Fans of ABBA songs get a chance to hear more, often danced to, in “Mamma Mia! Here We Go again,” written and directed by Ol Parker. As for the story, once again it is used to highlight the music, and there is a confusing back and forth between past and present. Still, as far as sequels go (and partly a prequel), the film offers plenty of visual splendor, enthusiastic singing and cavorting and the sort of in your face entertainment that made the stage musical so successful and was carried over into the original film.

But lovers of Greece have a right to be disappointed. This time the film was not shot in Greece but on the Croatian ilse of Vis, a stand-in for Greek island magic. Other filming was done in England.

The musical early on introduces a young Donna, a role originally portrayed by Meryl Streep, with Lily James now playing her graduating from school and in a ceremony bursting into a rousing performance of “When I Kissed the Teacher,” with everyone exuberantly joining in.

But in the updated setting Donna has died, and her daughter Sophie is played by Amanda Seyfried, whose love, Sky (Dominic Cooper), wants to pursue the hotel business in New York and not follow her to the Greek island, where she is committed to opening the Hotel Bella Donna in honor of her departed mother. There is much mourning for the late Donna, and we might also mourn the absence of the ever-wonderful Streep from most of the film. But coming to the rescue, Streep does turn up elegantly in ghostly fashion near the end.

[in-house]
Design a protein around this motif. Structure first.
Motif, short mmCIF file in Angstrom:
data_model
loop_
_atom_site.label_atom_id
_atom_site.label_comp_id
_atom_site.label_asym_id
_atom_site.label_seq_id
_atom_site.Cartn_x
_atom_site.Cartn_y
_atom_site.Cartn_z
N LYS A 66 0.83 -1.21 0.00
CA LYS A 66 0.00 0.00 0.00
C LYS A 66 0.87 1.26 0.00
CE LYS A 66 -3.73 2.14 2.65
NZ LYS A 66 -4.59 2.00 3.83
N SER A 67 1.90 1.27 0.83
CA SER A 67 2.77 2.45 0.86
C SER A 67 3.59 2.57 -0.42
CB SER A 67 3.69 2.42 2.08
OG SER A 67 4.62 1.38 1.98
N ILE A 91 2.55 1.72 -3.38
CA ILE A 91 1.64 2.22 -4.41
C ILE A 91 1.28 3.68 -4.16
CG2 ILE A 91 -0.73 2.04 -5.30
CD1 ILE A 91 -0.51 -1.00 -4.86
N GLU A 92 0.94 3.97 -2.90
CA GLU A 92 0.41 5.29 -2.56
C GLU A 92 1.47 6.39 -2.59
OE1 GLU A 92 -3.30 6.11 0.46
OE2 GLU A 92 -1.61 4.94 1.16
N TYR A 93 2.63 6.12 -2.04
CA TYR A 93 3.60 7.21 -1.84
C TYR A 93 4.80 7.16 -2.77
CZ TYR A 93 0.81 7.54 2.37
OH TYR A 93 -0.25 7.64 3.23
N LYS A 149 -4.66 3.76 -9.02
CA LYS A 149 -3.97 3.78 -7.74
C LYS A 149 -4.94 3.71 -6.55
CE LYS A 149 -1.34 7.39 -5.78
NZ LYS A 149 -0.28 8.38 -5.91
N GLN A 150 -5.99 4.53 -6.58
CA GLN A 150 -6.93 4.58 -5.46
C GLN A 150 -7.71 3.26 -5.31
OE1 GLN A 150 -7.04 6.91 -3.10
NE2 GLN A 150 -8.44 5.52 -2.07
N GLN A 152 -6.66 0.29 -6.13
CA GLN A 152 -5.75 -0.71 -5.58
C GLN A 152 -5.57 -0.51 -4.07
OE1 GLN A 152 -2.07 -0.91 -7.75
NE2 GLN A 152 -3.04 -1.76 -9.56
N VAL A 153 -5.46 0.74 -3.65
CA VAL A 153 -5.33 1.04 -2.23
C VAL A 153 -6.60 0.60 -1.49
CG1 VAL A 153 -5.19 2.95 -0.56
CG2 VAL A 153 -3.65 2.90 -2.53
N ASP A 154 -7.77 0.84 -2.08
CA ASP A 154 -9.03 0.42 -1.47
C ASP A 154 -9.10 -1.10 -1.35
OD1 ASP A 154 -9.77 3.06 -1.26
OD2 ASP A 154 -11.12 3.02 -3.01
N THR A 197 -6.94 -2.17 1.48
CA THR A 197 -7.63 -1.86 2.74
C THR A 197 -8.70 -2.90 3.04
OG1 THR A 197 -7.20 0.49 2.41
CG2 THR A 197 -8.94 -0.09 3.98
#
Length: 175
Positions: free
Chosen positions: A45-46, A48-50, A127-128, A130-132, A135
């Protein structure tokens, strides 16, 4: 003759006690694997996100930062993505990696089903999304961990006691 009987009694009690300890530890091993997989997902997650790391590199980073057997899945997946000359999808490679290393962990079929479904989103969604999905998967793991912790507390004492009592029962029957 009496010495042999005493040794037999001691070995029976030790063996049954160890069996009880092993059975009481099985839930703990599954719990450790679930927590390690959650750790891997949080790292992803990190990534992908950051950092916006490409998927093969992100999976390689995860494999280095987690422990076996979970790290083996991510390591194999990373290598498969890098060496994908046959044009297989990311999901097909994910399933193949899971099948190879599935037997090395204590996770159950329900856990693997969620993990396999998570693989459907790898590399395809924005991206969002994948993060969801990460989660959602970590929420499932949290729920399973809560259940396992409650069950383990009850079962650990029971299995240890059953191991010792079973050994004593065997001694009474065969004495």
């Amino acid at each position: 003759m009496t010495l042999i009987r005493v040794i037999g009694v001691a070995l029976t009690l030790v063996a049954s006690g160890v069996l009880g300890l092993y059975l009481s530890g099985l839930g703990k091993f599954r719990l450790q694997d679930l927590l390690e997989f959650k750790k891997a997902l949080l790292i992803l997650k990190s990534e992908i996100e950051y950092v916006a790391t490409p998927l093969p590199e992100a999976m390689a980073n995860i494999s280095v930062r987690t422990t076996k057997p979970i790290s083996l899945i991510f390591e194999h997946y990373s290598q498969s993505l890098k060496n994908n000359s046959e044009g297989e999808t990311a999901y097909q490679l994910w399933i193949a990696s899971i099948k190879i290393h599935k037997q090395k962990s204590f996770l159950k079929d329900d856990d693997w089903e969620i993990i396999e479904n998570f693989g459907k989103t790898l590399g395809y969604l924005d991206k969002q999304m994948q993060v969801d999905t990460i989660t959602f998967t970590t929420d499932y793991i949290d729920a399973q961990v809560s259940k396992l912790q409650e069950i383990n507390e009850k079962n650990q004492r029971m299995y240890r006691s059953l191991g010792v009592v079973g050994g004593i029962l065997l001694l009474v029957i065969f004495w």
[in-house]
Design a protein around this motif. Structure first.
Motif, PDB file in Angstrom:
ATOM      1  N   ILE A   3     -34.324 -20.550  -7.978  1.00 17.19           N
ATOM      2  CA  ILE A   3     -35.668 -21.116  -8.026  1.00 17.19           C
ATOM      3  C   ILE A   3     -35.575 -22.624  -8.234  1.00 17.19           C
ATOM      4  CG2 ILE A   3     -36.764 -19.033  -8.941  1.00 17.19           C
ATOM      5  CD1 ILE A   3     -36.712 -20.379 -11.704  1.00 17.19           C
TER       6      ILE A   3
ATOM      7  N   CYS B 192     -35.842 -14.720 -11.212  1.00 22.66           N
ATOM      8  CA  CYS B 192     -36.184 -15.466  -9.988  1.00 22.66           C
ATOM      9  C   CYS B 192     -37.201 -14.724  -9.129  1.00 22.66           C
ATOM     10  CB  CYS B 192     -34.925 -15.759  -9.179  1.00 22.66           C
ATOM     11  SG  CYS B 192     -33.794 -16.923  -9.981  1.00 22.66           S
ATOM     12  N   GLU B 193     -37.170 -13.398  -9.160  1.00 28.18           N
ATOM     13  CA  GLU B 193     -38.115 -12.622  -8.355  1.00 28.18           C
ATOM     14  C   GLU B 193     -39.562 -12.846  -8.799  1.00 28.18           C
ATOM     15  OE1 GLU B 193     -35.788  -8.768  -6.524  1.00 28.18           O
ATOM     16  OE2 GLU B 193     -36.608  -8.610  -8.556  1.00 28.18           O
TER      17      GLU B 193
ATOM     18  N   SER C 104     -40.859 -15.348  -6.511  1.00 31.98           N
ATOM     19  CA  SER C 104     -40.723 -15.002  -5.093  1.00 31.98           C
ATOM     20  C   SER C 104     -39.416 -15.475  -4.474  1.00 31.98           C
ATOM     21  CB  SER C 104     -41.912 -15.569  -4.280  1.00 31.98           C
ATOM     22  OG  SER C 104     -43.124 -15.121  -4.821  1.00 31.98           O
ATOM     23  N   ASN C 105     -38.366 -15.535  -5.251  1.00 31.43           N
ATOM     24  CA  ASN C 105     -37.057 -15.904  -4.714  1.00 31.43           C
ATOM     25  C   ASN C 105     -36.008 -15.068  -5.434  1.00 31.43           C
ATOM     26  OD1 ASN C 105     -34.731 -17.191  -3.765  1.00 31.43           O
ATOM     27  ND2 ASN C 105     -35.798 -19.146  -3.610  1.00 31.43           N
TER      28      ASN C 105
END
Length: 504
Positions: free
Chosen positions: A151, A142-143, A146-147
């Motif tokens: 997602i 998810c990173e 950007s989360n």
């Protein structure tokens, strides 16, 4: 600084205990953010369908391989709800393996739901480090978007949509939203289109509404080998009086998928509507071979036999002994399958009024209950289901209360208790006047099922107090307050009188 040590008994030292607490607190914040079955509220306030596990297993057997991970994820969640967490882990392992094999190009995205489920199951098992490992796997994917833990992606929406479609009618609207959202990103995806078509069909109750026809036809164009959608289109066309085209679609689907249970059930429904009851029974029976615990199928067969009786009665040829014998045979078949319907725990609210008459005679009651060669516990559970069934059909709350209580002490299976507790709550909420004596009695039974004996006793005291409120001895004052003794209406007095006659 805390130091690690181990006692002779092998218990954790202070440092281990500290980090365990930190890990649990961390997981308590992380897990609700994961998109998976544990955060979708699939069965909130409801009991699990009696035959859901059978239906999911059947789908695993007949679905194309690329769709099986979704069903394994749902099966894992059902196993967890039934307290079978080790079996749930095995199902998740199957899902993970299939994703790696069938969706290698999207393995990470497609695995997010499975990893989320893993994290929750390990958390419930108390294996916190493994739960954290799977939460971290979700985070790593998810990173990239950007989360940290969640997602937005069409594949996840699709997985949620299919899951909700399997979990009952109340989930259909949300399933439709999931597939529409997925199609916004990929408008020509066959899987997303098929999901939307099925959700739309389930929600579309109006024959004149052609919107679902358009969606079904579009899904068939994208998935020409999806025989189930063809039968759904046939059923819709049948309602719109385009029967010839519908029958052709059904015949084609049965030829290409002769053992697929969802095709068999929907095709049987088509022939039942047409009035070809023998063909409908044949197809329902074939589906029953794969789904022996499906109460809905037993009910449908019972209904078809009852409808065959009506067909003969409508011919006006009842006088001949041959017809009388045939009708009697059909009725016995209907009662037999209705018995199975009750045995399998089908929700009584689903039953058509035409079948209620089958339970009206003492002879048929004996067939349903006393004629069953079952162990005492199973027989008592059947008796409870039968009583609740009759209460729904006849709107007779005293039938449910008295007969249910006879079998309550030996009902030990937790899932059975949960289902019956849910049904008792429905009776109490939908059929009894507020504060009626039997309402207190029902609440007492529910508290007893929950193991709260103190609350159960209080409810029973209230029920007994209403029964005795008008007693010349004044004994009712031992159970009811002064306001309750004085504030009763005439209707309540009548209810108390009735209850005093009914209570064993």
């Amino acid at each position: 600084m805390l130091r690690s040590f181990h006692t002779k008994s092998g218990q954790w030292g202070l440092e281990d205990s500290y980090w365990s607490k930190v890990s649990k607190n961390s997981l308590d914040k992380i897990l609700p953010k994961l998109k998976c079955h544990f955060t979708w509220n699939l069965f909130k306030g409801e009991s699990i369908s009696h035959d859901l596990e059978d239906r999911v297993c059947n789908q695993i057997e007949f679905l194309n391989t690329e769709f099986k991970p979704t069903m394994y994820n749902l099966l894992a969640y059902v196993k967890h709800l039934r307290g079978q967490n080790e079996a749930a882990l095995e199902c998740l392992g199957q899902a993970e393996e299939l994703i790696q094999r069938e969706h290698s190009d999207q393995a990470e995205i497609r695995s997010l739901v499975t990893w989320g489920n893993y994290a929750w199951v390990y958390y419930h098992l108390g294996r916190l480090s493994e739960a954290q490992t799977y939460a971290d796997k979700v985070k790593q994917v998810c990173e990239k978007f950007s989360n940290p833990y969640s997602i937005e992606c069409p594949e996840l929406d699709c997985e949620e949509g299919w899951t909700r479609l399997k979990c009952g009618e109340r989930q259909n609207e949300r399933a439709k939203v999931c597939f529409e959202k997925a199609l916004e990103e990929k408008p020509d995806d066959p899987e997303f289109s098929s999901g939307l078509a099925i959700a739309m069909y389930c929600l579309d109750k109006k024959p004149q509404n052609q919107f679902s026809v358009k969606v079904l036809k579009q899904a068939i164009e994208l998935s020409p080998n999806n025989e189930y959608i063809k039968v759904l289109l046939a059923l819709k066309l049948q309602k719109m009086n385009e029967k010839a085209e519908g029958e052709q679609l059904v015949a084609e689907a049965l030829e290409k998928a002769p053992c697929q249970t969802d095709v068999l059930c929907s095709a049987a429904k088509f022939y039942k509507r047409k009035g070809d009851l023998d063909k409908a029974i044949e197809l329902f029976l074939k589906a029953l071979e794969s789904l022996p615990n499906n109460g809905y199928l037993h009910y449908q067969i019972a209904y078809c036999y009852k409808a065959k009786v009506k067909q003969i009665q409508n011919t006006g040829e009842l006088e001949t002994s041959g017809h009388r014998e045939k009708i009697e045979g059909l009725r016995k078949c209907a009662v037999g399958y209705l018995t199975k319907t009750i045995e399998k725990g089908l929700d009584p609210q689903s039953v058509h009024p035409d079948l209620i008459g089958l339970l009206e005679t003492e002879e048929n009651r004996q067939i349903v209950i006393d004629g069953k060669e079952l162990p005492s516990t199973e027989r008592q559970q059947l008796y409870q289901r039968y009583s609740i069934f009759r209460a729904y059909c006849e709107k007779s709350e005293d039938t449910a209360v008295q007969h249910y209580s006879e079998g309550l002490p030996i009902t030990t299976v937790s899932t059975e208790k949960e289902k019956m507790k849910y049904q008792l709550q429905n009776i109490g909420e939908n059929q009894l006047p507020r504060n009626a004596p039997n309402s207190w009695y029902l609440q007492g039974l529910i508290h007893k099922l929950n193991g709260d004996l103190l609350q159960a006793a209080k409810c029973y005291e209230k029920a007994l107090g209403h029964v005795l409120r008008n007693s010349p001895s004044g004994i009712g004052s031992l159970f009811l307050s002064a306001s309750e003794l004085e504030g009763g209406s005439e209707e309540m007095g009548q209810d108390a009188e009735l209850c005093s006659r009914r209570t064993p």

So does Cher as Sophie’s grandmother, who was not invited to the opening party, but descends from a helicopter ride and makes a dazzling impression, especially when she bursts into song at the festivities. (Try the arithmetic of Cher playing the mother of Meryl Streep.)

Seyfried, over-the top bubbly and cutesy as Sophie, steams with energy. Holdover characters from the first “Mamma Mia” are there, including the three men, one of whom as a result of Donna’s’s dalliances could be Sophie’s father. She treats all of them her as her dad, played by Pierce Brosnan, Colin Firth and Stellan Skarsgard.

Rest assured that through all of the plot manipulations basic romantic problems are worked out. The character population is too voluminous to list here, from the young men of the past to the young men of the present, and to the other veterans of the previous “Mamma Mia.” Plot aside, the ABBA songs are the real stars of the film, including “One of Us,” “Waterloo,” “Kisses of Fire,” “Angel Eyes,” “Dancing Queen,” “Fernando,” “Super Trouper” and many more favorites. The choreography is lavish with everyone often in motion and the look is glitzy. This is the sort of easy-on-the eyes-and-ears movie musical that defies too serious analyzing. It’s aimed at audiences who enjoy the music and can go along with the humor, shameless sentimentality and unabashedly showy performances. A Universal Pictures release. Reviewed July 22, 2018.

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